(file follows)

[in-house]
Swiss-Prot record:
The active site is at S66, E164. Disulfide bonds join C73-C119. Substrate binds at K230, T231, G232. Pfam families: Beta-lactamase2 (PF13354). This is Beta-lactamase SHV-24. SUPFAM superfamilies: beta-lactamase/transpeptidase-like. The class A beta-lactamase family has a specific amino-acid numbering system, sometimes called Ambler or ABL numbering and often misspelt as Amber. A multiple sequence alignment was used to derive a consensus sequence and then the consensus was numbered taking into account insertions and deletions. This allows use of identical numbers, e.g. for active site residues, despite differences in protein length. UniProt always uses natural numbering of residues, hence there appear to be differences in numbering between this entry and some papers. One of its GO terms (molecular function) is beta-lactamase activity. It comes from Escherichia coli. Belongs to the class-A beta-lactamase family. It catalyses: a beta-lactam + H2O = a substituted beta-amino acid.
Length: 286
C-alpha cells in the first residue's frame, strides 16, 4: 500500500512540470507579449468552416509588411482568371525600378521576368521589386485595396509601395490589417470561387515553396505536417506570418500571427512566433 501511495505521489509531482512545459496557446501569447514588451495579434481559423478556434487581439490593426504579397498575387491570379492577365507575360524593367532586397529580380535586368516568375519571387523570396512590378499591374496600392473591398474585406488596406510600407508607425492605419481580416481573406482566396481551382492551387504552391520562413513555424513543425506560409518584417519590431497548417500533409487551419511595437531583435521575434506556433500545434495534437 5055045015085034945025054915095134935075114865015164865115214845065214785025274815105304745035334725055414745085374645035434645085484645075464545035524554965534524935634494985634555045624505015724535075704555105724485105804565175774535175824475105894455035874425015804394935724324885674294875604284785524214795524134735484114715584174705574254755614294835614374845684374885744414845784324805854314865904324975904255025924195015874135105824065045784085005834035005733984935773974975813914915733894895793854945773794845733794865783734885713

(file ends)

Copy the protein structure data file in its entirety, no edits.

[in-house]
Swiss-Prot record:
The active site is at S66, E164. Disulfide bonds join C73-C119. Substrate binds at K230, T231, G232. Pfam families: Beta-lactamase2 (PF13354). This is Beta-lactamase SHV-24. SUPFAM superfamilies: beta-lactamase/transpeptidase-like. The class A beta-lactamase family has a specific amino-acid numbering system, sometimes called Ambler or ABL numbering and often misspelt as Amber. A multiple sequence alignment was used to derive a consensus sequence and then the consensus was numbered taking into account insertions and deletions. This allows use of identical numbers, e.g. for active site residues, despite differences in protein length. UniProt always uses natural numbering of residues, hence there appear to be differences in numbering between this entry and some papers. One of its GO terms (molecular function) is beta-lactamase activity. It comes from Escherichia coli. Belongs to the class-A beta-lactamase family. It catalyses: a beta-lactam + H2O = a substituted beta-amino acid.
Length: 286
C-alpha cells in the first residue's frame, strides 16, 4: 500500500512540470507579449468552416509588411482568371525600378521576368521589386485595396509601395490589417470561387515553396505536417506570418500571427512566433 501511495505521489509531482512545459496557446501569447514588451495579434481559423478556434487581439490593426504579397498575387491570379492577365507575360524593367532586397529580380535586368516568375519571387523570396512590378499591374496600392473591398474585406488596406510600407508607425492605419481580416481573406482566396481551382492551387504552391520562413513555424513543425506560409518584417519590431497548417500533409487551419511595437531583435521575434506556433500545434495534437 5055045015085034945025054915095134935075114865015164865115214845065214785025274815105304745035334725055414745085374645035434645085484645075464545035524554965534524935634494985634555045624505015724535075704555105724485105804565175774535175824475105894455035874425015804394935724324885674294875604284785524214795524134735484114715584174705574254755614294835614374845684374885744414845784324805854314865904324975904255025924195015874135105824065045784085005834035005733984935773974975813914915733894895793854945773794845733794865783734885713